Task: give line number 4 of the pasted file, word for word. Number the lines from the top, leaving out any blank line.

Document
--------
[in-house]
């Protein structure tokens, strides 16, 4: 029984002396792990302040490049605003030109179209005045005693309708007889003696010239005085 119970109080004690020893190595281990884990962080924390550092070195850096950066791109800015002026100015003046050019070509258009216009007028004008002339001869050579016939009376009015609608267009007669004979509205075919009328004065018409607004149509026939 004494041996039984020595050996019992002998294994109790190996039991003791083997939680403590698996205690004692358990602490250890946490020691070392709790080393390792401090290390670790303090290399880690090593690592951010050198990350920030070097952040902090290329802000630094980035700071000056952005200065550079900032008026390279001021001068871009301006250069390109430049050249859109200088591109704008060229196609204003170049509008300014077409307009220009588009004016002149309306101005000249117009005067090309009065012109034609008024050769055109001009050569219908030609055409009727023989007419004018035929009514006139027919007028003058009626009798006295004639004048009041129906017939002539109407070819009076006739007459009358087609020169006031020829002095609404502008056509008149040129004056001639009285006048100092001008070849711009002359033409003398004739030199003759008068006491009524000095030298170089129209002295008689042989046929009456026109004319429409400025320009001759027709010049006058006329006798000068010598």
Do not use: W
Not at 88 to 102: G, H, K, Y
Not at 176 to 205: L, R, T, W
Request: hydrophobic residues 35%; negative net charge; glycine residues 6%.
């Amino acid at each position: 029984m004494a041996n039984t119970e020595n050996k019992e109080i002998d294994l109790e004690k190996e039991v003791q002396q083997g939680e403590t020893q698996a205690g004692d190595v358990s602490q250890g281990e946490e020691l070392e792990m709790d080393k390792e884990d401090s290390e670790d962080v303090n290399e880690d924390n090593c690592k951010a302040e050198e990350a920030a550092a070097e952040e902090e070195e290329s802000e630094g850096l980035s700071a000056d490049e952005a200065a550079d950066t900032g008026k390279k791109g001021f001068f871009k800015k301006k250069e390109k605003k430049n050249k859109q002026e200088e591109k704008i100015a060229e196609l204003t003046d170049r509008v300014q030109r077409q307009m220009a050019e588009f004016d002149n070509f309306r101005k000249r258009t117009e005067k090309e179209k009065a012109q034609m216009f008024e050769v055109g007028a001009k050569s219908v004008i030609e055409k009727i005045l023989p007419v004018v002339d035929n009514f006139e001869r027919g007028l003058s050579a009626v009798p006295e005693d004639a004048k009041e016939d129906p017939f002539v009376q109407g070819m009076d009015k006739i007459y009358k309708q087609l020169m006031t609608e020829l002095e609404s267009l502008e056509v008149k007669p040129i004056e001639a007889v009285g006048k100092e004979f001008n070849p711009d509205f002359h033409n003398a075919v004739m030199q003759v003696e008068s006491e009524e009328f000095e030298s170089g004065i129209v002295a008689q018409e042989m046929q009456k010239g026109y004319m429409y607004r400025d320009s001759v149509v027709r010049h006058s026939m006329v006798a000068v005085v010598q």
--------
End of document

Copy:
Not at 88 to 102: G, H, K, Y